5 Ways to Keep Your Dog Safe This Winter
Most dogs have such a happy, ready-for-anything personality, so sometimes it’s hard to get them to change their daily routine according to the weather. But if you live in a cool or snowy region, it’s important to take a few extra precautions to keep your furry friend safe this season.
Here are five tips to keep in mind when the mercury drops and the ground grows slick.
Are you one of the millions of Americans who take a probiotic every day?
I’ve advocated probiotics for people for a long time. And now, I’m happy to say the same health benefits can also apply to your four-legged best friend.
Probiotics are a safe, natural way to boost your pup’s gastrointestinal health, and a whole lot more!
1. Know Your Dog
In cooler weather, no dog should be left outside for long. But there’s such a wide discrepancy in dog shapes and sizes that some are better suited for winter than others. For example, a thick-coated huskie or fluffy collie might dream all year of that first romp in the snow, while a greyhound or pug wants no part of it. Aside from breed, a quick physical assessment should reveal your pup’s aptitude for winter; senior dogs, those with very short coats or little body fat, or dogs of a petite stature are probably happier passing winter days indoors.
All dogs need some exercise, so when you must go out, always opt for shorter walks during the warmest parts of the day. Some dogs enjoy the warmth of a doggie sweater. It’s important to keep a close eye on your furry friend while outdoors, and abort the mission at any signs of distress like shivering, chattering teeth, whining, unusual panting, or obvious efforts to get back inside.
2. Watch Their Waistline
Just like people, dogs are a less active during the cooler, darker winter months of the year. Help your pup avoid facing a diet come springtime by minimizing winter weight gain.
If you haven’t been measuring his meals, now is a good time to grab a measuring cup and see how much he’s been eating. Consult with your vet for advice; manufacturers’ feeding recommendations sometimes run high.
The between-meal snacks are usually the cause of weight gain. While your dog may disagree, always avoid table scraps. Offer only high-quality, protein rich treats, and consider breaking them in half of thirds, thereby reducing their daily treat intake. Some dogs enjoy vegetables, like raw carrot or green beans. See what healthy snacks your dog enjoys, first checking The Humane Society’s list here to make sure they’re safe.
Or, consider making your own treats — a fun winter day project for both of you. Check out our article 5 DIY Dog Treats Your Dog Will Love for some simple recipes.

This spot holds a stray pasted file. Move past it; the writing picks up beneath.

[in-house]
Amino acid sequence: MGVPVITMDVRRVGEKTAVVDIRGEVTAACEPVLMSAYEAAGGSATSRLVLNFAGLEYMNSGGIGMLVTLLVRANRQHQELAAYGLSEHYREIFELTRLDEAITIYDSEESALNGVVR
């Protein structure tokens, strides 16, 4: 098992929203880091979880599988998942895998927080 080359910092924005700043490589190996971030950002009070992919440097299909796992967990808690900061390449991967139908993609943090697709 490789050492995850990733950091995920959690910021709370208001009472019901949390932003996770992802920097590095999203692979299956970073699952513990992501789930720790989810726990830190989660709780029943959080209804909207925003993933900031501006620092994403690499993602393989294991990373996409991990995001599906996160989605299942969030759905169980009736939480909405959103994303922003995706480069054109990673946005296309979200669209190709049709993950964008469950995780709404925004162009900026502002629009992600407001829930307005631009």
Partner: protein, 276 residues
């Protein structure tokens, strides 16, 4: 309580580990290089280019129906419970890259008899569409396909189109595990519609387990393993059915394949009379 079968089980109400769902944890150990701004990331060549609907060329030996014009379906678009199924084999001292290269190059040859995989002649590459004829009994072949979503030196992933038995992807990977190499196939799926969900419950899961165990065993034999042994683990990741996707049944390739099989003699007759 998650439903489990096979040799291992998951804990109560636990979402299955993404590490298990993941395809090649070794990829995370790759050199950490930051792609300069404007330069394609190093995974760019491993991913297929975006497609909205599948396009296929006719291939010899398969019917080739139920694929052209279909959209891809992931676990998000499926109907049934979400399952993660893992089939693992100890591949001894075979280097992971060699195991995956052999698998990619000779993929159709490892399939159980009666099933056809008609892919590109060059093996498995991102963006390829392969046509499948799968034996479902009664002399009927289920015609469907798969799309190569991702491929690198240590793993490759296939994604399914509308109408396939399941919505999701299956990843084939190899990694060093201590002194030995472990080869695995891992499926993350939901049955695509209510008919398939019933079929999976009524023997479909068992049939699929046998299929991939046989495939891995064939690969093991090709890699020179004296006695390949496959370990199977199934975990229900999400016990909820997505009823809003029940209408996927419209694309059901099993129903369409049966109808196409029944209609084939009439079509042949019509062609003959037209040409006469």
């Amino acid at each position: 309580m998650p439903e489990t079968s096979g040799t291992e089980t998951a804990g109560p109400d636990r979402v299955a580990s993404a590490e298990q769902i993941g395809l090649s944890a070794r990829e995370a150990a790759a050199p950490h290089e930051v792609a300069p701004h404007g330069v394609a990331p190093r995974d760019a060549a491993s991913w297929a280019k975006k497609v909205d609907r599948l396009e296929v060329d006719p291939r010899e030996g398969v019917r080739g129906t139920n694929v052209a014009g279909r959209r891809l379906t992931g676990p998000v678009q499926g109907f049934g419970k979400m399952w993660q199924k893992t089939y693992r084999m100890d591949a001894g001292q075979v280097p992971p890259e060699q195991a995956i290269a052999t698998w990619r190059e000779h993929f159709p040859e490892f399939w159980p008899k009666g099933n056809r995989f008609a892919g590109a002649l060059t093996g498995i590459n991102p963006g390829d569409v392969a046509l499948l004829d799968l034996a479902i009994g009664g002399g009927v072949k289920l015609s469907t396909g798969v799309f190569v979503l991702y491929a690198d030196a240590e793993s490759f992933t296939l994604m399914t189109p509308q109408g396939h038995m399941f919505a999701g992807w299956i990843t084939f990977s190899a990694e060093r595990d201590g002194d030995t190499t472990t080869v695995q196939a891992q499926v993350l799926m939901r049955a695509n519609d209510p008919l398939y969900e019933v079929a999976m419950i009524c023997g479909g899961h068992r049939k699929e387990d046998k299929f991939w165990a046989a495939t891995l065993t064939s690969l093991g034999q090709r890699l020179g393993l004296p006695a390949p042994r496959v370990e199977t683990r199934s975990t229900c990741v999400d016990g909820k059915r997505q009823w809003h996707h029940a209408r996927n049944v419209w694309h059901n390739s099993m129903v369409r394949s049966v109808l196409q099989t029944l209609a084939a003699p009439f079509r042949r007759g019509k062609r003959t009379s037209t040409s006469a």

If weather limits outdoor exercise, keep your pup moving with indoor games, like hide and seek, playing fetch down a hallway, or encouraging him to take the stairs.
Dry air, heat, wind and cold can irritate your dog’s coat, paws and nose, just like it does human skin. If your dog seems itchy and dry (look for signs of increased itching and scratching), check with your vet to rule out a skin problem. If it’s just winter to blame, try some natural ways to combat dryness, such as incorporating fish oil supplements or coconut oil into their diet. Topical soothers include coconut oil or apple cider vinegar. And even though they may not be panting after walks with thirst like they do in summer, always supply your dog with plenty of fresh, filtered water.
4. Watch for Snowball Feet
Playtime in the snow can be great fun for a dog — until those pesky little balls of snow and ice start to accumulate on their paws. More common to furrier breeds, the problem occurs when ice and snow sticks to the fur on the bottom of their paws, eventually making walking uncomfortable. If your dog sits down and starts biting or licking his paws, it’s time to head indoors, help him to warm up, and gently rub the snow off his feet with a warm towel. If his paws are irritated, a soothing rub of coconut oil may help.
Avoid the problem by being more vigilant about trimming in snowy weather; keeping the fur between their toes and pads short will help minimize ice buildup.
5. Lock Away the Harmful Chemicals
Some chemicals important to humans’ safety in winter are potentially dangerous to your pooch.
Regular ice melts contain chemicals which can cause burning and discomfort to your dog’s exposed paws. Further problems arise if your dog licks their feet, thereby ingesting unwanted chemicals. Look for pet-friendly ice melts (click here for some great options), or use plain sand or bird seed, to treat slippery surfaces.
If you live in an area where roads are frequently treated, consider purchasing dog boots. After an unprotected walk, wipe off their paws with a warm, damp towel.
Anti-freeze is another dangerous chemical. Ethylene glycol, an ingredient in anti-freeze and also in hydraulic brake fluid, is toxic to your dog’s brain, liver and kidneys. Safeguard your pup by making sure your car does not leak any fluids — even a small amount licked off a driveway can be lethal. Tightly cap and store these bottles on high shelves or in locked cabinets. Seek pet-friendlier formulas (like this one) which contain a bitter tasking agent that repels curious noses.
Winter can be both fun and challenging to dog, but with a few guidelines in place, your pup will be basking in spring’s mild temperatures in no time.
Debbie Swanson is a freelance writer, published in numerous national and local outlets. An avid vegetarian, animal lover and reader, she loves learning about healthy eating and finding natural cures for everyday ailments.